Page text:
The Campus Garden grows new programs each year to help position Washington College as a leader in the multidisciplinary study of the environment.
- Art House Native Garden
- Bee Campus USA Certification
- Compost production
- Guild enhancement
- Herbal Workshop
- Honey Harvest
- Incan andinas terrace
- Medieval May Day Festival
- Oktoberfest Celebration
- Permaculture Open House
- Pre-orientation Permablitz
- Vertical gardening
- Wildlife Habitat Certification
- … and more!
- Bay-Wise Certification
- Bench construction
- Casey Time beautification
- Compost production
- Herb spiral design
- Keyhole bed design
- Hugelkultur design
- Pollinator workshop
- Pond completion
- Rain garden design
- Mushroom inoculation workshops
- Trellis construction
- Campus Garden intern Madeline Poethke ’16 established new perennial beds, including a picket fence guild and a bed featuring plants donated by Bearded Ladies Cabaret.
- The Garden Club, Student Environmental Alliance, and Habitat for Humanity collaborated to build a living roof over the earth oven and begin the process of establishing a pond.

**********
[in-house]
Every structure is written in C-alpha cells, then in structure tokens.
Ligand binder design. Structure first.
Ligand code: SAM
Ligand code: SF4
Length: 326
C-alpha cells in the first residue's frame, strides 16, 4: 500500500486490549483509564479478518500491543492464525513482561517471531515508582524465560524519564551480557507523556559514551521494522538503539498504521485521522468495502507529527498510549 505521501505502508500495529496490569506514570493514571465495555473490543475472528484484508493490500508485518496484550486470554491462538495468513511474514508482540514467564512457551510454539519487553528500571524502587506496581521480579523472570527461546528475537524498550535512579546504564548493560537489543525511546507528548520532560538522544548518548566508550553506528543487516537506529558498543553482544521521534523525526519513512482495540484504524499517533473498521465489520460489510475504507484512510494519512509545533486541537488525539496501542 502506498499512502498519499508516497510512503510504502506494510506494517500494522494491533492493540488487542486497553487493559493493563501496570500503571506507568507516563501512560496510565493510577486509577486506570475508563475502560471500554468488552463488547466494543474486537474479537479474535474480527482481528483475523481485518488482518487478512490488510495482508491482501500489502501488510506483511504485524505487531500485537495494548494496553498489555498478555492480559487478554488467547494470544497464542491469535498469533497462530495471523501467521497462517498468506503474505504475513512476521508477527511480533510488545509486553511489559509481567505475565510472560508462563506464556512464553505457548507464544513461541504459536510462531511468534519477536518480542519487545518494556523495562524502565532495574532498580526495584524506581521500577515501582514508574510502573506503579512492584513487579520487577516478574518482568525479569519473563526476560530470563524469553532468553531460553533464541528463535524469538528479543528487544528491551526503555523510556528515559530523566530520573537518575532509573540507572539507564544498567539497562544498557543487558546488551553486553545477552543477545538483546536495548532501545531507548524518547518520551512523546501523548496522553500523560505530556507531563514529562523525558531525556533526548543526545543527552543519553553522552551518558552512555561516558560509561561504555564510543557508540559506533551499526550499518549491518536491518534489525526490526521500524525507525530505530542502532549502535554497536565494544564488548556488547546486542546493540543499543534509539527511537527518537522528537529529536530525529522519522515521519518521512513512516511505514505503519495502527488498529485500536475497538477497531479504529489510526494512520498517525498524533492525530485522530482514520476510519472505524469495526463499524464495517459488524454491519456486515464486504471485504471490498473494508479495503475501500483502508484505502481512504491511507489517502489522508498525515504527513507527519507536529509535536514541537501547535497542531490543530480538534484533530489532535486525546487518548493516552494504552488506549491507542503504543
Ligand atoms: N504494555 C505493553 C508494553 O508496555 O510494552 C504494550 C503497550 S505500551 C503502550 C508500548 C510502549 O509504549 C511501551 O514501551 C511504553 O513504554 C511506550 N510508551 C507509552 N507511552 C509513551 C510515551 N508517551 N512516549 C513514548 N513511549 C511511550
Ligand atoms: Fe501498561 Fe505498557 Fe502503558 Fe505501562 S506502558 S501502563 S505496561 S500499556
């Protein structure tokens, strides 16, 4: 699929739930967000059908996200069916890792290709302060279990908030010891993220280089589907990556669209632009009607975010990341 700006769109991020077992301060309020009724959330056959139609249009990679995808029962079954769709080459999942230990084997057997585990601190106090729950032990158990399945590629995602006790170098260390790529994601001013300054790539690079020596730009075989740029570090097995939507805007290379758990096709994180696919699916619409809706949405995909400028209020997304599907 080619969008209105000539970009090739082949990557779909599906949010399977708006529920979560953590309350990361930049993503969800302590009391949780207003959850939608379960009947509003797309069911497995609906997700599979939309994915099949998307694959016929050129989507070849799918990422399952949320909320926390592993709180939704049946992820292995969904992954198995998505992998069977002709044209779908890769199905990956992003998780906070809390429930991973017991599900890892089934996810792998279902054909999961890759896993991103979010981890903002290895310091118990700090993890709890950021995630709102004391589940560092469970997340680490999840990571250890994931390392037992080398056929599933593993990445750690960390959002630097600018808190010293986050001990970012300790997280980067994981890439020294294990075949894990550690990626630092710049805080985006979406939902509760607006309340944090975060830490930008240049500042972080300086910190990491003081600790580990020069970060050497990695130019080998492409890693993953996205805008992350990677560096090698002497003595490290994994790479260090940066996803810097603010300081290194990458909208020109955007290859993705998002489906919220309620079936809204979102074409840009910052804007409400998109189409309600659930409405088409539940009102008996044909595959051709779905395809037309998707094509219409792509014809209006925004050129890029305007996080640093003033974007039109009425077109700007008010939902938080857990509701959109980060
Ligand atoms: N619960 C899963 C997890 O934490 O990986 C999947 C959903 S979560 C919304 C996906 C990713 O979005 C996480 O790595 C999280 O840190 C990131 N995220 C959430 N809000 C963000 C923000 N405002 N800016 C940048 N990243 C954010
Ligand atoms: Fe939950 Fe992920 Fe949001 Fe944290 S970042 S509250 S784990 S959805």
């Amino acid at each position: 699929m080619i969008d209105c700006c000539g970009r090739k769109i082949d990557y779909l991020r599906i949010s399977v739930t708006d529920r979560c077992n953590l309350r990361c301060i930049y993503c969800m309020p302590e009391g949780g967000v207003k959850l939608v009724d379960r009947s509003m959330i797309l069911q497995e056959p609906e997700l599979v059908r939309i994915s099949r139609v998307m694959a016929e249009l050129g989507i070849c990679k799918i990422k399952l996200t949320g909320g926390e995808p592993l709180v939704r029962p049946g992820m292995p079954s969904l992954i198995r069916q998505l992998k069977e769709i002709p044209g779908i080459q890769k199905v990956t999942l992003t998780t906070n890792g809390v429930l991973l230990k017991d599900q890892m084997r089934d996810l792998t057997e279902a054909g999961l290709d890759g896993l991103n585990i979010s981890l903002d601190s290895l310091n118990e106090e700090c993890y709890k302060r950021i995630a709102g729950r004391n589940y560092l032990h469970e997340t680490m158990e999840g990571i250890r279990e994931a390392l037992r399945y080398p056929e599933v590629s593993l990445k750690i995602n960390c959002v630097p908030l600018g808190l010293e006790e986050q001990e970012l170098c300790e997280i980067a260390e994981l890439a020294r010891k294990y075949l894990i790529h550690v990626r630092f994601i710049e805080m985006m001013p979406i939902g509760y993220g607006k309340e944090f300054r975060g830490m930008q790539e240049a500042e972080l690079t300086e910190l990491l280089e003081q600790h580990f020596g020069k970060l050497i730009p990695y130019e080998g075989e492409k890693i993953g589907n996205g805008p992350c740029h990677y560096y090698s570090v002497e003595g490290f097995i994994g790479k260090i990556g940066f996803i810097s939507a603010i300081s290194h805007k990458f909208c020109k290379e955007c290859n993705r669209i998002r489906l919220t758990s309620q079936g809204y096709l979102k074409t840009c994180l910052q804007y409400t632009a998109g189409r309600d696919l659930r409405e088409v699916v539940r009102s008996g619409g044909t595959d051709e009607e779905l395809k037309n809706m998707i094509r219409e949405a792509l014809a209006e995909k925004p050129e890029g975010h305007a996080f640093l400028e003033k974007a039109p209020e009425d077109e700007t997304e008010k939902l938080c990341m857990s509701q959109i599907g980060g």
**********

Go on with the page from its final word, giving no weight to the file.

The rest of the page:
- Alumni volunteers constructed a picket fence to separate the garden from an adjacent parking lot.
- Students enrolled in a beekeeping course sponsored by the Department of Environmental Science and Studies set up an apiary.
- The Garden Club restored its connection with the Dining Hall to begin gathering food scraps for compost.
- Campus Garden Interns, Brooke Burghardt ’17 and Alyx Cash ’17, visited Dickinson College’s Farm and Gettysburg’s Painted Turtle Farm to learn about scaling up the operation through community partnerships and grants.
- Students dedicated the completion of the earth oven with s’mores.
- The Campus Garden Club started as a general interest group.
- The Anthropology Club teamed up with the Student Environmental Alliance to create the base for the Earth Oven using recycled materials.
- The first Campus Garden Intern, Emma Spence ’14, introduced several important herbaceous perennial plants to the garden.
- Dr. Bill Schindler helps students procure local clay to build an earth oven.
- Casey Time, the all-campus service event, saw the creation of a new pathway at the garden.
- The Student Environmental Alliance donated penguin gourds to local children as part of an education program they led at the Kent County Public Library.
- Casey Time enabled the creation of more durable garden boxes
- The Student Environmental Alliance and Habitat for Humanity built garden boxes using wood pallets to start the new garden.
- Initial perennial plantings included apple (MacIntosh and Empire), fig, nectarine, peach, plum, and Asian pear trees. Butterfly bush, grapes, hazelnuts, goji berries, strawberries, and blueberries began to fill the understory.
- The garden was launched with a dedication ceremony attended by many students, faculty, and staff.